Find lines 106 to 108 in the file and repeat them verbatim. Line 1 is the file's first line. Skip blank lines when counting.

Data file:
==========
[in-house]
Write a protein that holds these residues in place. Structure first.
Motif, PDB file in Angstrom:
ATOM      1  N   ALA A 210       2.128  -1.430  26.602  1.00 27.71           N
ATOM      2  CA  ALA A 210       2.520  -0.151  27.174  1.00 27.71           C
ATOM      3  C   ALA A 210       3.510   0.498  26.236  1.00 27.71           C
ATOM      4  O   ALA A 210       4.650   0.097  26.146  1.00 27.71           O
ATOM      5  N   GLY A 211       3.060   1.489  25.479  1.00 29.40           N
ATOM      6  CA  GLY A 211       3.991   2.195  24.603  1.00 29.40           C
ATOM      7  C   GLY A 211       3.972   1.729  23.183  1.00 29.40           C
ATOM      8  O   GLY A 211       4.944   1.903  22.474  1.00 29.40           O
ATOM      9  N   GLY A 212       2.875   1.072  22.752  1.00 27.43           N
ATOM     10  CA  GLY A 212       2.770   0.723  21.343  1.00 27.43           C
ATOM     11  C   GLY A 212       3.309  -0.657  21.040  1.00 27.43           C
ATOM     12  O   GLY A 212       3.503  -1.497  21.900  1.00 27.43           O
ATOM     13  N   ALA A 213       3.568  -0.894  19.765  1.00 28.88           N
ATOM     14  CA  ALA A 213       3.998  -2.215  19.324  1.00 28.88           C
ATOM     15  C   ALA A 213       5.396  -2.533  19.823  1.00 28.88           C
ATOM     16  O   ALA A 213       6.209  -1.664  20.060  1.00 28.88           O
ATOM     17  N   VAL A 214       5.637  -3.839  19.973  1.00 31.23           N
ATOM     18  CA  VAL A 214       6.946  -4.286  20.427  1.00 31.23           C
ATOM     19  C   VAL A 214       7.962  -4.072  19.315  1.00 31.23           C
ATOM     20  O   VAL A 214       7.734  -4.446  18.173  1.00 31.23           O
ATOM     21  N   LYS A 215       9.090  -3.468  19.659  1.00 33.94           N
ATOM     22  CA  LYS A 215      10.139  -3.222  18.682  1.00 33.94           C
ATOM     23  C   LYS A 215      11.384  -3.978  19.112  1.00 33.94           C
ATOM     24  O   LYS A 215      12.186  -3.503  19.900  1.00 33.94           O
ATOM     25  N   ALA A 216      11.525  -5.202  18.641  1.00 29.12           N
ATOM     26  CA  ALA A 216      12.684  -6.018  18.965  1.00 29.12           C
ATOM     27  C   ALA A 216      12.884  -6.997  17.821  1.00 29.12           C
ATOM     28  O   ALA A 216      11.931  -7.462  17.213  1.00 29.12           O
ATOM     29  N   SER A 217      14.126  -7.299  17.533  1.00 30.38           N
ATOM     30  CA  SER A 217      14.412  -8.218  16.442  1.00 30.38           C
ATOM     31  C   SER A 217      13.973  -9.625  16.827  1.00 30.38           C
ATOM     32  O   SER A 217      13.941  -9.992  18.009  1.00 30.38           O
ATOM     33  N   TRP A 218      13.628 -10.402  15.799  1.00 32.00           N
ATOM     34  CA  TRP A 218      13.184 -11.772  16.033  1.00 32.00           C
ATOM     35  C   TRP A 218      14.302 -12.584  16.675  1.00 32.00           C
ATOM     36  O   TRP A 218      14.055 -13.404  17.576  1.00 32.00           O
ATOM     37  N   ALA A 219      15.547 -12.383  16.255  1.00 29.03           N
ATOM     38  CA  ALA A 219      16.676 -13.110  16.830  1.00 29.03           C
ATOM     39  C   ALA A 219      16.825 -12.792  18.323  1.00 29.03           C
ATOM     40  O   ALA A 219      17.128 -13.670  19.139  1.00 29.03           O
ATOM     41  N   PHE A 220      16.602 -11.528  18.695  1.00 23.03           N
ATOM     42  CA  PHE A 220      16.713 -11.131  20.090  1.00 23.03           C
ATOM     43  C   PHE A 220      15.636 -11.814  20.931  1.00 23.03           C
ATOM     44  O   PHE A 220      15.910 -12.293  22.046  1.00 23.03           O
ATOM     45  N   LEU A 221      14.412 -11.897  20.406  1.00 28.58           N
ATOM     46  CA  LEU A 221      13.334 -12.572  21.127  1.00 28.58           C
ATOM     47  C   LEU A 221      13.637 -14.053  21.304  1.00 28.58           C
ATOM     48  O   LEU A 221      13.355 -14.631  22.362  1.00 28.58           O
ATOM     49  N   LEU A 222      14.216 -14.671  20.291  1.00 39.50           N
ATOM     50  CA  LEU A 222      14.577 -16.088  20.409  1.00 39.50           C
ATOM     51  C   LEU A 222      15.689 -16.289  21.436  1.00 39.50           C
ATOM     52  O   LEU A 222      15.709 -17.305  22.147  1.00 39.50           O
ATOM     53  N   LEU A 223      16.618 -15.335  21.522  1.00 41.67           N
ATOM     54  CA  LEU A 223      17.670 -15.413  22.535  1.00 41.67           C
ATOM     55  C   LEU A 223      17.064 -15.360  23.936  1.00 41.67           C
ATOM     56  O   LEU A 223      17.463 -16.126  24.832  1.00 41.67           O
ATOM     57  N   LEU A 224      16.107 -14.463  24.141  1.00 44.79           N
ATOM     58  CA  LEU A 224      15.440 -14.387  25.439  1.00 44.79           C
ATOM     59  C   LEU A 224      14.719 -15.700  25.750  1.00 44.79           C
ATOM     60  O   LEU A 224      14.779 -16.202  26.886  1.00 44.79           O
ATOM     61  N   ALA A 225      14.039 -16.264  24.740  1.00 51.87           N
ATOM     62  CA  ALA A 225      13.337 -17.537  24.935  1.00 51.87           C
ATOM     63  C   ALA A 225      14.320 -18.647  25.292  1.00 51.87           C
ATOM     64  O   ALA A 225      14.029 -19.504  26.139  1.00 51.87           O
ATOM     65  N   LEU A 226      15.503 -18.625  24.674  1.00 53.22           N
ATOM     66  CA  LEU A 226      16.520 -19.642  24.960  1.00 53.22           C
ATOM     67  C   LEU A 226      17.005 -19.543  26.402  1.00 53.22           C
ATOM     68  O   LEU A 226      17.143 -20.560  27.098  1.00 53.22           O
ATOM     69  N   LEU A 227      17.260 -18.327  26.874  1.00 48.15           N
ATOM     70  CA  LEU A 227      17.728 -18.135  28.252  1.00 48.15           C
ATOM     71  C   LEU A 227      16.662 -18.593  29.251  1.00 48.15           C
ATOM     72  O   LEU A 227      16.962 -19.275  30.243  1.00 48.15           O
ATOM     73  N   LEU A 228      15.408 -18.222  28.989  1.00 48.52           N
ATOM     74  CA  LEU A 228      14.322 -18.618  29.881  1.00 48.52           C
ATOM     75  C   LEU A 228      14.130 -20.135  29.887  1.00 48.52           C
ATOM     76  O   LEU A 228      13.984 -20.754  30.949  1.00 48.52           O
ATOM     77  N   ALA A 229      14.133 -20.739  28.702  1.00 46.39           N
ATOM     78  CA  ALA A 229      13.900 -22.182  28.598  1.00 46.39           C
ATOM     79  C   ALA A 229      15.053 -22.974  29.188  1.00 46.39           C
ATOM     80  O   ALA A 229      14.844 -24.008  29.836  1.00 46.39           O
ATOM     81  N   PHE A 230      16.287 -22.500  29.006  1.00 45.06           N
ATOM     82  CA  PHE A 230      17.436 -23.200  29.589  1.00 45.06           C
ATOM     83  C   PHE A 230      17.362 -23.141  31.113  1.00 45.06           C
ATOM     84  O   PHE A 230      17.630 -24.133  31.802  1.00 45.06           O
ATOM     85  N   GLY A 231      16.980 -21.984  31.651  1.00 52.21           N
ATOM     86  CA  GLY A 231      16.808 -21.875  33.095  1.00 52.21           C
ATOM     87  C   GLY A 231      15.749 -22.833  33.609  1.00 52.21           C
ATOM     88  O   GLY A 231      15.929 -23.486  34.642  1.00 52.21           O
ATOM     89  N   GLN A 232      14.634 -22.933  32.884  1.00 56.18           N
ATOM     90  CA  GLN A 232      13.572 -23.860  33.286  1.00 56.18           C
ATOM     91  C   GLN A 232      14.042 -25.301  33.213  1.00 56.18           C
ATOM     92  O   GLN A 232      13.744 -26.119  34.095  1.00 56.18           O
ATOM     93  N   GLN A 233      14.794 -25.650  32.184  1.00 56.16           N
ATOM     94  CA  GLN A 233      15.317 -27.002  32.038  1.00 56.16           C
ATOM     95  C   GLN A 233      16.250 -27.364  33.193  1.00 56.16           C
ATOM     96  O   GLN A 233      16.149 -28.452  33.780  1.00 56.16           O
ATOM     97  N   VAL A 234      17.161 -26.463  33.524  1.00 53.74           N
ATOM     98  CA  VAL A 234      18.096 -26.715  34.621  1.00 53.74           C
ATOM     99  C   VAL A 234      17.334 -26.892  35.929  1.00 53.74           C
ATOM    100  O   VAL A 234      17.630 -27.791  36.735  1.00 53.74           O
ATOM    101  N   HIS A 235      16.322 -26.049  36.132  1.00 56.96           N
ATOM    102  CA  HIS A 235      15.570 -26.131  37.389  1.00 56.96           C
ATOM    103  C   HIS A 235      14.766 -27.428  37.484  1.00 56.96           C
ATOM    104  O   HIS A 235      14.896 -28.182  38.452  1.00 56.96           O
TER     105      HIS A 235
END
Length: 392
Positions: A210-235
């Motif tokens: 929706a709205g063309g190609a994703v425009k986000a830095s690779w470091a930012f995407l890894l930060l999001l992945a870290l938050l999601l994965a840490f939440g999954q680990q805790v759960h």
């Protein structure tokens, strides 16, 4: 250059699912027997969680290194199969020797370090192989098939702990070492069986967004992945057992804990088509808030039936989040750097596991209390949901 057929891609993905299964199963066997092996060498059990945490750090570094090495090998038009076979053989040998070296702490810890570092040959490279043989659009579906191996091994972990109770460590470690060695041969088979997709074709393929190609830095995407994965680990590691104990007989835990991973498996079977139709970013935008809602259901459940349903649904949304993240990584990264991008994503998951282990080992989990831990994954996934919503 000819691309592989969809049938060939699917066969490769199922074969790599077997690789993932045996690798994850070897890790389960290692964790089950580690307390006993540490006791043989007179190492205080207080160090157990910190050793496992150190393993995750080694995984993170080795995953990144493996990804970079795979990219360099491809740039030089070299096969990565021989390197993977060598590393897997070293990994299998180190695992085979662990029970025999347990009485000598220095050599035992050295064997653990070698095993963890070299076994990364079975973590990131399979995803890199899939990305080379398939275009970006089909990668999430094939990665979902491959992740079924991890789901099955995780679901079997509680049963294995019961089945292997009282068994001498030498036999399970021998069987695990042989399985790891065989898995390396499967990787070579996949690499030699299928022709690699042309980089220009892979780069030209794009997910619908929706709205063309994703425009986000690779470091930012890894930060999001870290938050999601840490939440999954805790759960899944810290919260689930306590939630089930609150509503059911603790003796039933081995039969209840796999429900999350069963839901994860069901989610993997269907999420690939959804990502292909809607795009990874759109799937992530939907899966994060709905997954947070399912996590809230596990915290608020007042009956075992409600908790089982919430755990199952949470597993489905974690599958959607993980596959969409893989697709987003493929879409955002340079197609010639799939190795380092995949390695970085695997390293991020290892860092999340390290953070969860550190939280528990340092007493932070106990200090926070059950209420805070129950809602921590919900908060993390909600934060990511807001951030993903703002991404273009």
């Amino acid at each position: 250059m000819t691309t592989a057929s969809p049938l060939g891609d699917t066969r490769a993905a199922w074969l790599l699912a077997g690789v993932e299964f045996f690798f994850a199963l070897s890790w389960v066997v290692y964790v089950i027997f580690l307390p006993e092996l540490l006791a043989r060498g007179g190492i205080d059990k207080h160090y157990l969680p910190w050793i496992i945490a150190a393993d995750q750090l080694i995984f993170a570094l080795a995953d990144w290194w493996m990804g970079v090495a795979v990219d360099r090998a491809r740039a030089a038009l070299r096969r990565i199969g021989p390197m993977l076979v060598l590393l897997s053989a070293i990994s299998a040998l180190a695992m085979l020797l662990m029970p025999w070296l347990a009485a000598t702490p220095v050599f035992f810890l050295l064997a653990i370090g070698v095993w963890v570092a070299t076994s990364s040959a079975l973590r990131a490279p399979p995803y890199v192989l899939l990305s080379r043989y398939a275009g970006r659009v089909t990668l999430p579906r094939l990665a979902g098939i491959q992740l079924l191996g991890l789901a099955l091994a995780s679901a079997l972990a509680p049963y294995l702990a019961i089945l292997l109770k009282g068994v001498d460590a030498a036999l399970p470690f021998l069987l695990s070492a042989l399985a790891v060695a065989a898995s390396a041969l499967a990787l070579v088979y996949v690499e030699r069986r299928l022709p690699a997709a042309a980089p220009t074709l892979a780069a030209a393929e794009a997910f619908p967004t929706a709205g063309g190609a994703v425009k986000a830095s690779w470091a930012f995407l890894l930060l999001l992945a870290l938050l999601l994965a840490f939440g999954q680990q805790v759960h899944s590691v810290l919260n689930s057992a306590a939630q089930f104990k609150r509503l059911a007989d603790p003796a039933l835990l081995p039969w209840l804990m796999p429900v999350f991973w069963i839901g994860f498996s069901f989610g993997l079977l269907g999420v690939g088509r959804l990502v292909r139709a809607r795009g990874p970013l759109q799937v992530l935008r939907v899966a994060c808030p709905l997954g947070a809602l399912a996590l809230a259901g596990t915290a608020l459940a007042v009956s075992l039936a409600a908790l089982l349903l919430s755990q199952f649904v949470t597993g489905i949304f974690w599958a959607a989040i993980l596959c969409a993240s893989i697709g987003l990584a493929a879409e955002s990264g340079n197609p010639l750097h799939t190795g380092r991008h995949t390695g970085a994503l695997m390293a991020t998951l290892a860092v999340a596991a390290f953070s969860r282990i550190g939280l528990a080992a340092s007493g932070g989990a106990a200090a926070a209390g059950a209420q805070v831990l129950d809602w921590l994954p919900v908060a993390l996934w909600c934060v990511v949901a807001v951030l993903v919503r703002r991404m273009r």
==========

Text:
ATOM    103  C   HIS A 235      14.766 -27.428  37.484  1.00 56.96           C
ATOM    104  O   HIS A 235      14.896 -28.182  38.452  1.00 56.96           O
TER     105      HIS A 235